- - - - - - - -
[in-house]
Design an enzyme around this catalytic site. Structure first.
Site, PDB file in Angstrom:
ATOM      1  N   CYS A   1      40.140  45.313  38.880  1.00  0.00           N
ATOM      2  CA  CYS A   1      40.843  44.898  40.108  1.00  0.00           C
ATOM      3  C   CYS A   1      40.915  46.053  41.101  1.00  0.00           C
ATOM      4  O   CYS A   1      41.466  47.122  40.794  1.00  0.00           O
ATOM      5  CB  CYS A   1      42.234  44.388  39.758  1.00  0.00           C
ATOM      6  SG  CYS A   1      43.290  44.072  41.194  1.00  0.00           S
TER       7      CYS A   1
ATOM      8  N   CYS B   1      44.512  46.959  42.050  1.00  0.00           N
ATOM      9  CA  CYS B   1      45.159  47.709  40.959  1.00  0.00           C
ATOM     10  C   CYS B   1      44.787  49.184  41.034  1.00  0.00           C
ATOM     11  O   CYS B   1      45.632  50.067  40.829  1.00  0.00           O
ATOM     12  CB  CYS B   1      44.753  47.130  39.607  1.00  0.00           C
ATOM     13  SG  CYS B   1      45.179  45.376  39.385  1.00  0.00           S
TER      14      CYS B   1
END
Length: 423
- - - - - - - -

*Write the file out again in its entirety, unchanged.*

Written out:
[in-house]
Design an enzyme around this catalytic site. Structure first.
Site, PDB file in Angstrom:
ATOM      1  N   CYS A   1      40.140  45.313  38.880  1.00  0.00           N
ATOM      2  CA  CYS A   1      40.843  44.898  40.108  1.00  0.00           C
ATOM      3  C   CYS A   1      40.915  46.053  41.101  1.00  0.00           C
ATOM      4  O   CYS A   1      41.466  47.122  40.794  1.00  0.00           O
ATOM      5  CB  CYS A   1      42.234  44.388  39.758  1.00  0.00           C
ATOM      6  SG  CYS A   1      43.290  44.072  41.194  1.00  0.00           S
TER       7      CYS A   1
ATOM      8  N   CYS B   1      44.512  46.959  42.050  1.00  0.00           N
ATOM      9  CA  CYS B   1      45.159  47.709  40.959  1.00  0.00           C
ATOM     10  C   CYS B   1      44.787  49.184  41.034  1.00  0.00           C
ATOM     11  O   CYS B   1      45.632  50.067  40.829  1.00  0.00           O
ATOM     12  CB  CYS B   1      44.753  47.130  39.607  1.00  0.00           C
ATOM     13  SG  CYS B   1      45.179  45.376  39.385  1.00  0.00           S
TER      14      CYS B   1
END
Length: 423